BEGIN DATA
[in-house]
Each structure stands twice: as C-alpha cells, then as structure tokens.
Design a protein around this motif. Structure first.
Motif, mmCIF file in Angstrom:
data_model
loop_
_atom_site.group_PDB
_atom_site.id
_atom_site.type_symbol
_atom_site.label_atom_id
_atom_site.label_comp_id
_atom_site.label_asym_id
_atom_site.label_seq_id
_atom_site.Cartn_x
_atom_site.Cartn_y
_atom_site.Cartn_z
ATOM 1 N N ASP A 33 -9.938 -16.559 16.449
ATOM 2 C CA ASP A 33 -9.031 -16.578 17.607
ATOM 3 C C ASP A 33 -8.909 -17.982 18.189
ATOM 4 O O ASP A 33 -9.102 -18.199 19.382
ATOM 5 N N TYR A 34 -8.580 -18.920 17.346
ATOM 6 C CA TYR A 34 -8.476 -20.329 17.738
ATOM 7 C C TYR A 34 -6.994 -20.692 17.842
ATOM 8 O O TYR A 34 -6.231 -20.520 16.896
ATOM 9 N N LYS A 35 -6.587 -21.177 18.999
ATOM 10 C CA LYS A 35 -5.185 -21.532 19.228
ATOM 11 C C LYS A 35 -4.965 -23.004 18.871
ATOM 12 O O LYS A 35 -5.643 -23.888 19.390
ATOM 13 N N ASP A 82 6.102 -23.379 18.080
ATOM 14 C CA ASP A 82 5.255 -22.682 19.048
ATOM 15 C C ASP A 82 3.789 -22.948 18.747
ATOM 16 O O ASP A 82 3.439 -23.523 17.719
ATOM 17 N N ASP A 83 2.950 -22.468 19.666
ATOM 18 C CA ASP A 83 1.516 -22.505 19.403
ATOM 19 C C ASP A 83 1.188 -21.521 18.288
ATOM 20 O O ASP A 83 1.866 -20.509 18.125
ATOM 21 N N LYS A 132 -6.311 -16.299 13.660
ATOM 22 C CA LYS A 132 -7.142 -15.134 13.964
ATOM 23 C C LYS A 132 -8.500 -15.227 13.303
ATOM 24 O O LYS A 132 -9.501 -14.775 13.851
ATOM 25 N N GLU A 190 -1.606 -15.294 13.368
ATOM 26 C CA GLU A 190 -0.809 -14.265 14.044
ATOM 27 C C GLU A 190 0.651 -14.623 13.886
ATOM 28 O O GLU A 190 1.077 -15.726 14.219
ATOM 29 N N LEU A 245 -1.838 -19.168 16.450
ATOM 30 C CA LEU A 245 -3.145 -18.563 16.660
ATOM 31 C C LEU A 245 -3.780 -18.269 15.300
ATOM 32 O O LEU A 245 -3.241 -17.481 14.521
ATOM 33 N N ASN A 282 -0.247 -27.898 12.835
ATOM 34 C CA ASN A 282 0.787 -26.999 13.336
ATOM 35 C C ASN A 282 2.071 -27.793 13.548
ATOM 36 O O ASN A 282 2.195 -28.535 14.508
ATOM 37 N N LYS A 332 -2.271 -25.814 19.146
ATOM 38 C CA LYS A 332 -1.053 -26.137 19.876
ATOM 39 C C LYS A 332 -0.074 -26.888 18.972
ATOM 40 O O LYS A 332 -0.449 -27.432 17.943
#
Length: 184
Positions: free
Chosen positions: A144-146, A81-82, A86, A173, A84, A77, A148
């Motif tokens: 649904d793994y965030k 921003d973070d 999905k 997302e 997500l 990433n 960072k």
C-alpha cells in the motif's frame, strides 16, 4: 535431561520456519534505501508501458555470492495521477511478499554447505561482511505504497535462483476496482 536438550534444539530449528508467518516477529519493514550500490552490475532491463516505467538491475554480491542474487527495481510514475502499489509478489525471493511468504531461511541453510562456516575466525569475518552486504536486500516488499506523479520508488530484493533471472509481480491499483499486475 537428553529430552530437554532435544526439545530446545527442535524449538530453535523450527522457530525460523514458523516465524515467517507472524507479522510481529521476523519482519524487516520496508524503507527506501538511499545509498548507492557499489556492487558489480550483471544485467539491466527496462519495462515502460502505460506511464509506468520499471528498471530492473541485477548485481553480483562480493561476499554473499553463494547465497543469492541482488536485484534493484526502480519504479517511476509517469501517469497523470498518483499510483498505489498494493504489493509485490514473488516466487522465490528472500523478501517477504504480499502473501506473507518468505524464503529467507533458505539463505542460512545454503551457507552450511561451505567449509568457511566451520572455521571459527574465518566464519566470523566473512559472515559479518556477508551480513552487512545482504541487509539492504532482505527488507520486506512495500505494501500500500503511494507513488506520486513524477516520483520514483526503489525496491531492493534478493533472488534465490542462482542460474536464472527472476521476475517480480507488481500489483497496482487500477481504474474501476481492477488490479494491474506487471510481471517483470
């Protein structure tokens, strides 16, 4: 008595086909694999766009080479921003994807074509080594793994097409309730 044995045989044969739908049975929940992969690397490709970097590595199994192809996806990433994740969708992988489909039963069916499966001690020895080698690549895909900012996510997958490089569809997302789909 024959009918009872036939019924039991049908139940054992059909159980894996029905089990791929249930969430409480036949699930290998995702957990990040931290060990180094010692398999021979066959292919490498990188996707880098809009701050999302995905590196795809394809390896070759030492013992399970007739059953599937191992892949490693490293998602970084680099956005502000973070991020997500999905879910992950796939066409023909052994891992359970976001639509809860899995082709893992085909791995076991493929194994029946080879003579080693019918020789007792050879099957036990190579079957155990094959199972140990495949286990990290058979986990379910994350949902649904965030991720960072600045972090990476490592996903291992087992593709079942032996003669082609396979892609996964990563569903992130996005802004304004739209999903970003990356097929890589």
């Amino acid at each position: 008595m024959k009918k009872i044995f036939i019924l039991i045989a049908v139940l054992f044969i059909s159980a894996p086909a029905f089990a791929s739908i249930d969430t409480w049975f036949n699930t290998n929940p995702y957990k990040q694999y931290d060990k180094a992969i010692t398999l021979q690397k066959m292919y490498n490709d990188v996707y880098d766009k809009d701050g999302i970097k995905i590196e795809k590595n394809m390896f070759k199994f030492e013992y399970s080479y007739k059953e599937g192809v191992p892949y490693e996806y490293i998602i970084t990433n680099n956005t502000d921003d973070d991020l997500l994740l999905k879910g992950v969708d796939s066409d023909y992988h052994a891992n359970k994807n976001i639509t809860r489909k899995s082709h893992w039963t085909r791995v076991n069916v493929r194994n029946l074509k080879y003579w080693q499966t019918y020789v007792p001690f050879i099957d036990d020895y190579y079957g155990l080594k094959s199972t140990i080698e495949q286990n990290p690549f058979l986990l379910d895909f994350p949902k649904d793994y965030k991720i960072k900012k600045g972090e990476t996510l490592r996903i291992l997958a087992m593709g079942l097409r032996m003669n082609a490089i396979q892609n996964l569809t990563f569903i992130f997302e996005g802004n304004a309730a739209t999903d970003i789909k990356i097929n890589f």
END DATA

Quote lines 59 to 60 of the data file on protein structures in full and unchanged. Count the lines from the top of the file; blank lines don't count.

Positions: free
Chosen positions: A144-146, A81-82, A86, A173, A84, A77, A148